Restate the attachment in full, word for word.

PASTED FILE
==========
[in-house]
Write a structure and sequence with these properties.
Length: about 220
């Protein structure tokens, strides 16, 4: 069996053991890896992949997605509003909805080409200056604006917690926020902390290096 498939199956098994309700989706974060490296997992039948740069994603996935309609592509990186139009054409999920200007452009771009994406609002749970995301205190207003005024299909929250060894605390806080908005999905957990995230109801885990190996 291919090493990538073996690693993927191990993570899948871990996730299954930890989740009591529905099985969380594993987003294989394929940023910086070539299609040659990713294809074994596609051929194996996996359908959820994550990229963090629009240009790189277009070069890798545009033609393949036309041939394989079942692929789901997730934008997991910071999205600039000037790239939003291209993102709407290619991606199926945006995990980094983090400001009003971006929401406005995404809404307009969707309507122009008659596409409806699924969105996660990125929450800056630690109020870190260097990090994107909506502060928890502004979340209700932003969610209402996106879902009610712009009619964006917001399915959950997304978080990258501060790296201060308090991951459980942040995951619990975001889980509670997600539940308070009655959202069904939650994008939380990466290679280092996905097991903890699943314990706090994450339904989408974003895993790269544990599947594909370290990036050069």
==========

[in-house]
Write a structure and sequence with these properties.
Length: about 220
């Protein structure tokens, strides 16, 4: 069996053991890896992949997605509003909805080409200056604006917690926020902390290096 498939199956098994309700989706974060490296997992039948740069994603996935309609592509990186139009054409999920200007452009771009994406609002749970995301205190207003005024299909929250060894605390806080908005999905957990995230109801885990190996 291919090493990538073996690693993927191990993570899948871990996730299954930890989740009591529905099985969380594993987003294989394929940023910086070539299609040659990713294809074994596609051929194996996996359908959820994550990229963090629009240009790189277009070069890798545009033609393949036309041939394989079942692929789901997730934008997991910071999205600039000037790239939003291209993102709407290619991606199926945006995990980094983090400001009003971006929401406005995404809404307009969707309507122009008659596409409806699924969105996660990125929450800056630690109020870190260097990090994107909506502060928890502004979340209700932003969610209402996106879902009610712009009619964006917001399915959950997304978080990258501060790296201060308090991951459980942040995951619990975001889980509670997600539940308070009655959202069904939650994008939380990466290679280092996905097991903890699943314990706090994450339904989408974003895993790269544990599947594909370290990036050069």